“Time consuming. Very time consuming. The glassware, they take twice as long as the plates because (depending on the dishwasher) you have to run them through twice to make sure they’re spotless. “And severs don’t bring them back (dirty dishes) when they need to. That’s why if I get my own restaurant, I’m going to have my bartenders do that. They have so much free time – when they’re not serving the customers – they can do it.” – Thomas Wilson, culinary student at The Art Institute of Atlanta, aspiring restaurant owner
“Lots of restaurants, rather than buy the upright dishwasher units, will contact a company that will supply the soap and sanitizer and give them a unit for a small rental fee. Some people like that idea because they don’t have to pay the initial investment… But the cost comes back to them later with increased costs in detergent and sanitizer. And that makes the difference. If you’re buying the machine yourself, sanitizer and detergent cost a lot less.” – Schneider
Note: Dishwasher requires an input water temperature of 140°F… When checking out, you will be able to get this item is a corner or straight through model and you can also choose if you would like the water boosted up 40°F or 70°F.
Features & Specifications
54 racks / 216 covers per hour
Economical to operate
Uses only .96 gallons of water per cycle
Automatic soil purging system
Filters wash water and traps plate debris into external tray
Tray can be easily removed for dumping contents
Heavy duty 12 and 14-gauge 304 stainless steel construction
Built-in chemical resistant industrial 5kW heater and optional 12kW booster heater
Unique spray arm system features upper and lower stainless steel wash arms
Specially designed pull-pins allow wash arms to be easily removed for cleaning
Top-mounted control box is water tight and includes a rack counter
Extended wash/delimer switch and easy-to-read temperature gauges
Auto start/stop makes operation safe and easy
Field convertible for a wide range of applications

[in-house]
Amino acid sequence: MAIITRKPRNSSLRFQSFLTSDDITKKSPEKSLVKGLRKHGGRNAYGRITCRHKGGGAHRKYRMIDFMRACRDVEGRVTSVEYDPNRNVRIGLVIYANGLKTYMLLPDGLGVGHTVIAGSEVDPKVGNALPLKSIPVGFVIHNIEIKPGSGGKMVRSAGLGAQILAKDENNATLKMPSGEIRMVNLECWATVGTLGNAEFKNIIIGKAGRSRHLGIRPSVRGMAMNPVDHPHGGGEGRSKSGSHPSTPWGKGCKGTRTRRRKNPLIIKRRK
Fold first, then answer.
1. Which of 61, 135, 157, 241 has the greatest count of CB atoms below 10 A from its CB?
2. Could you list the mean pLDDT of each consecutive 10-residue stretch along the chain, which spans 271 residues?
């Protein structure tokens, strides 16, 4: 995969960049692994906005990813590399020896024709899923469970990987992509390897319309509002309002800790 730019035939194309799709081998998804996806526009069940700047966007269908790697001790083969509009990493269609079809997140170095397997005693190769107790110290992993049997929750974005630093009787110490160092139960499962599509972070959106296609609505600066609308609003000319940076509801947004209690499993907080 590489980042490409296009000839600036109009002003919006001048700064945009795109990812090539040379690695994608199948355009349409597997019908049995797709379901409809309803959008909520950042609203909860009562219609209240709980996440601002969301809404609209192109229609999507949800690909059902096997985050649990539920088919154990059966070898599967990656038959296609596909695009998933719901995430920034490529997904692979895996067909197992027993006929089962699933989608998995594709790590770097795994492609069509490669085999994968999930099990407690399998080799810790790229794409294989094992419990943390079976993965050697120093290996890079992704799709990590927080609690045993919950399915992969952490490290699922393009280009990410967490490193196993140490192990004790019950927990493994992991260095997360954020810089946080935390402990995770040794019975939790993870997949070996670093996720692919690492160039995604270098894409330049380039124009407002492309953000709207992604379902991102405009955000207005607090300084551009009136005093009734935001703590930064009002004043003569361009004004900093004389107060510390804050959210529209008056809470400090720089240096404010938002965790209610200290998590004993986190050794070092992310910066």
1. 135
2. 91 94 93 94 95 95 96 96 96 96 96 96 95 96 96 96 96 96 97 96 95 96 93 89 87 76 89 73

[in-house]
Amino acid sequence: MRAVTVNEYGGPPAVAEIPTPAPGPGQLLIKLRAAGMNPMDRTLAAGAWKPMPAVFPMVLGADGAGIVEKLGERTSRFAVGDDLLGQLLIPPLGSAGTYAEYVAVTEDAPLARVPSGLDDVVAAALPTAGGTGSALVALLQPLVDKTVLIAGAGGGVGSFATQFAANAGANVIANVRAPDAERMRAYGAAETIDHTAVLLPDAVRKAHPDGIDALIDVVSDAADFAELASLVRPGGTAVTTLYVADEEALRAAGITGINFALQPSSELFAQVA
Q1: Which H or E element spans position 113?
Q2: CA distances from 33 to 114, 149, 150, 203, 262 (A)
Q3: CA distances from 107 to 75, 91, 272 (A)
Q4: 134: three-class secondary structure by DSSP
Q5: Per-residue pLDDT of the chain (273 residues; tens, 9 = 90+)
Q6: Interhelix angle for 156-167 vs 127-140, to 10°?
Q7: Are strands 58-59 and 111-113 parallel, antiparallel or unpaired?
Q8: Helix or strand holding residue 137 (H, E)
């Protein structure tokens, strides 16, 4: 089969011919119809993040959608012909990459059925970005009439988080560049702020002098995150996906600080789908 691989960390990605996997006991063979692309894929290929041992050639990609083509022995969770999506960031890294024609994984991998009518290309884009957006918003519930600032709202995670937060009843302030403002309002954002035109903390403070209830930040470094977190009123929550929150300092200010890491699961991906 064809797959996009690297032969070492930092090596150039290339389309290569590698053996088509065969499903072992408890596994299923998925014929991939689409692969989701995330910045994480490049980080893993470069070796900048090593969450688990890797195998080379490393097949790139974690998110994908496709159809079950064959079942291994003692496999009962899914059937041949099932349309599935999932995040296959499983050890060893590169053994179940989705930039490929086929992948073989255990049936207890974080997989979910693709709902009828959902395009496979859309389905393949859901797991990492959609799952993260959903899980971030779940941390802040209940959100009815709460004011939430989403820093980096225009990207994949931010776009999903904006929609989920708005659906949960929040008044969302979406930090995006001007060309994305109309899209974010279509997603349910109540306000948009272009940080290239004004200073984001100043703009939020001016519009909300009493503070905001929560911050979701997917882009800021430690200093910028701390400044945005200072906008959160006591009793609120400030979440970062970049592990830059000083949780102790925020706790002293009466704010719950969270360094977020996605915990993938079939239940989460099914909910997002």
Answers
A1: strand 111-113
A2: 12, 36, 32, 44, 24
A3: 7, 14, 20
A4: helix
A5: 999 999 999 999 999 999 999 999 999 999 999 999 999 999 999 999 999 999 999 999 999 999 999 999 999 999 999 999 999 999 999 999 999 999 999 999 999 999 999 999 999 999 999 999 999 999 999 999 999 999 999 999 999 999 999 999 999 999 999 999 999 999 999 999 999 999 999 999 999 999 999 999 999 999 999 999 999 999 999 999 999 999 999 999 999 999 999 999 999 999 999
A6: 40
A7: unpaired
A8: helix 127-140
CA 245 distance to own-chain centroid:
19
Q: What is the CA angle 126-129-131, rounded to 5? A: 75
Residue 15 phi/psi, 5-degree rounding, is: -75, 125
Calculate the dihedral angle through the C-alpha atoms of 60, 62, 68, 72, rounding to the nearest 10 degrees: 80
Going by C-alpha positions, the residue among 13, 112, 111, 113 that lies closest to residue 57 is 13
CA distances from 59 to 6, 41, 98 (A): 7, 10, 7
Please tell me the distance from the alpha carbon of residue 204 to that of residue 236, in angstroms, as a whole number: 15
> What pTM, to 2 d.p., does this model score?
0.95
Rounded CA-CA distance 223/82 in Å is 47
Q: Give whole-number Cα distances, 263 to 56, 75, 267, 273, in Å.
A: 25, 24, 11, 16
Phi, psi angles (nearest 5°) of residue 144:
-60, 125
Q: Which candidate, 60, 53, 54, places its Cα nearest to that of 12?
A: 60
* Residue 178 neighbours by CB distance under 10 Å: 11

Started In The Sink
“I know how painful it is to do since I’ve worked in that position. In my experience, I think that’s the best way to learn – going through the ranks of the kitchen. You start out in the dish pit then you work your way up.” – Santiago
How'd Ya Do?
“(As a professional dishwasher) no news (feedback) is good news.” – Wingate
Tips to Move From Dishwasher to Kitchen Staff
Make yourself available for prep work a few hours a week. The path to chefhood starts with washing lettuce, peeling garlic and asparagus, shelling and deveining shrimp, chopping onions, celery, and carrots.
Nobody Likes Damaged Goods
“Warewashing mistakes – chipped, dirty or spotty dishes – lead to customer losses that make it hard for owners to recover from.” – Ellin
“You clean other people’s mess up. You do any grunt job that nobody wants to do… I was the oldest (professional dishwasher) that they’ve ever had. When you’re 30 years old and you’ve got 17-year-old kids telling you want to do, guys that have worked and cooked in restaurants since 12, that’s tough. You learn patience. And respect.” - Chandler, who trained in London.
Do It Right The 1st Time
“A restaurant in this day in age, cannot survive without some kind of dishwasher. The person who does the work is the integral part here, really. The machine is only his tool… The whole idea is that you’re not just cleaning the plates. You’re also sanitizing the plates. It’s a two-step process that in most cases, is done is 90 seconds.” – Schneider
Ready to upgrade your warewashing equipment? Give your professional dishwasher a reason to smile at the same time. Stop by ACityDiscount’s showroom in the Atlanta suburb of Norcross or call 404-752-6715.